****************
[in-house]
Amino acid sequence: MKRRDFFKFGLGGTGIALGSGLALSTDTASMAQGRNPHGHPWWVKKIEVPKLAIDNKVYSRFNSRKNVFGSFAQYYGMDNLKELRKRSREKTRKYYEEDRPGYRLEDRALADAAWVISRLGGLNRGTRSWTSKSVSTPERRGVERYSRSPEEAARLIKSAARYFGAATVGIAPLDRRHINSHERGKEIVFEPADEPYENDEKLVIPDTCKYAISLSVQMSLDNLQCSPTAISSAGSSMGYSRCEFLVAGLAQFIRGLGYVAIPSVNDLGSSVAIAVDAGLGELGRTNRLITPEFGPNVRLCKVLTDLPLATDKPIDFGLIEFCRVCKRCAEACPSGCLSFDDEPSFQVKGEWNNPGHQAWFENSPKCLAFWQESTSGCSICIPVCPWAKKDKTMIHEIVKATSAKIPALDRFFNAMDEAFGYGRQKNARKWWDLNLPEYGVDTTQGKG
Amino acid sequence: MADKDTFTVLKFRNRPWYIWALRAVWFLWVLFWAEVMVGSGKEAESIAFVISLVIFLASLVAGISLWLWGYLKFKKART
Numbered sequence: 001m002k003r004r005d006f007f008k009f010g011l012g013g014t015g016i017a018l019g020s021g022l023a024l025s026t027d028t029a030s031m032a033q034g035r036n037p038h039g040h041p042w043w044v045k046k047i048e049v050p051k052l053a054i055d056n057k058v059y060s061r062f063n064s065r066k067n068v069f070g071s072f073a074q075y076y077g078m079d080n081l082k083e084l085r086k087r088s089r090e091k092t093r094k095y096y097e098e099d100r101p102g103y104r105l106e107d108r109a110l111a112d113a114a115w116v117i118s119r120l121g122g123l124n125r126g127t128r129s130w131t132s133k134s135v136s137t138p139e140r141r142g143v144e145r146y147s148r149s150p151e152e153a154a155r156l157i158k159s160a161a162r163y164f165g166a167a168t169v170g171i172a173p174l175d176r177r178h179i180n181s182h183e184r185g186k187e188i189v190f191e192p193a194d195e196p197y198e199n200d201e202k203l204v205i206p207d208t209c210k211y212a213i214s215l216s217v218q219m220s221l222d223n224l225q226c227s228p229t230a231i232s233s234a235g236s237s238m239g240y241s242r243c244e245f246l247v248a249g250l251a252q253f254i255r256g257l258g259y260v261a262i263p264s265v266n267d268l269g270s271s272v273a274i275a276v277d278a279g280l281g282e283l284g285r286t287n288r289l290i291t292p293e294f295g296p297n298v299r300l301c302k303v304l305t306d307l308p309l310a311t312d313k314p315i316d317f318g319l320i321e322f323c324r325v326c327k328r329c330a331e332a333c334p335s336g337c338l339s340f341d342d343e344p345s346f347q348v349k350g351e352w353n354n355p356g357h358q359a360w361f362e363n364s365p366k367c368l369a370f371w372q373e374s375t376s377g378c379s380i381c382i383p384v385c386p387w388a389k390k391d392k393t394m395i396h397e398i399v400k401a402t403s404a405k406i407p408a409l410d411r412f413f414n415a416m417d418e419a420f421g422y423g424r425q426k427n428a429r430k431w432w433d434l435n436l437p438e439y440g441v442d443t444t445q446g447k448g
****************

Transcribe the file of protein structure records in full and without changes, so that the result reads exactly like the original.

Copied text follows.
[in-house]
Amino acid sequence: MKRRDFFKFGLGGTGIALGSGLALSTDTASMAQGRNPHGHPWWVKKIEVPKLAIDNKVYSRFNSRKNVFGSFAQYYGMDNLKELRKRSREKTRKYYEEDRPGYRLEDRALADAAWVISRLGGLNRGTRSWTSKSVSTPERRGVERYSRSPEEAARLIKSAARYFGAATVGIAPLDRRHINSHERGKEIVFEPADEPYENDEKLVIPDTCKYAISLSVQMSLDNLQCSPTAISSAGSSMGYSRCEFLVAGLAQFIRGLGYVAIPSVNDLGSSVAIAVDAGLGELGRTNRLITPEFGPNVRLCKVLTDLPLATDKPIDFGLIEFCRVCKRCAEACPSGCLSFDDEPSFQVKGEWNNPGHQAWFENSPKCLAFWQESTSGCSICIPVCPWAKKDKTMIHEIVKATSAKIPALDRFFNAMDEAFGYGRQKNARKWWDLNLPEYGVDTTQGKG
Amino acid sequence: MADKDTFTVLKFRNRPWYIWALRAVWFLWVLFWAEVMVGSGKEAESIAFVISLVIFLASLVAGISLWLWGYLKFKKART
Numbered sequence: 001m002k003r004r005d006f007f008k009f010g011l012g013g014t015g016i017a018l019g020s021g022l023a024l025s026t027d028t029a030s031m032a033q034g035r036n037p038h039g040h041p042w043w044v045k046k047i048e049v050p051k052l053a054i055d056n057k058v059y060s061r062f063n064s065r066k067n068v069f070g071s072f073a074q075y076y077g078m079d080n081l082k083e084l085r086k087r088s089r090e091k092t093r094k095y096y097e098e099d100r101p102g103y104r105l106e107d108r109a110l111a112d113a114a115w116v117i118s119r120l121g122g123l124n125r126g127t128r129s130w131t132s133k134s135v136s137t138p139e140r141r142g143v144e145r146y147s148r149s150p151e152e153a154a155r156l157i158k159s160a161a162r163y164f165g166a167a168t169v170g171i172a173p174l175d176r177r178h179i180n181s182h183e184r185g186k187e188i189v190f191e192p193a194d195e196p197y198e199n200d201e202k203l204v205i206p207d208t209c210k211y212a213i214s215l216s217v218q219m220s221l222d223n224l225q226c227s228p229t230a231i232s233s234a235g236s237s238m239g240y241s242r243c244e245f246l247v248a249g250l251a252q253f254i255r256g257l258g259y260v261a262i263p264s265v266n267d268l269g270s271s272v273a274i275a276v277d278a279g280l281g282e283l284g285r286t287n288r289l290i291t292p293e294f295g296p297n298v299r300l301c302k303v304l305t306d307l308p309l310a311t312d313k314p315i316d317f318g319l320i321e322f323c324r325v326c327k328r329c330a331e332a333c334p335s336g337c338l339s340f341d342d343e344p345s346f347q348v349k350g351e352w353n354n355p356g357h358q359a360w361f362e363n364s365p366k367c368l369a370f371w372q373e374s375t376s377g378c379s380i381c382i383p384v385c386p387w388a389k390k391d392k393t394m395i396h397e398i399v400k401a402t403s404a405k406i407p408a409l410d411r412f413f414n415a416m417d418e419a420f421g422y423g424r425q426k427n428a429r430k431w432w433d434l435n436l437p438e439y440g441v442d443t444t445q446g447k448g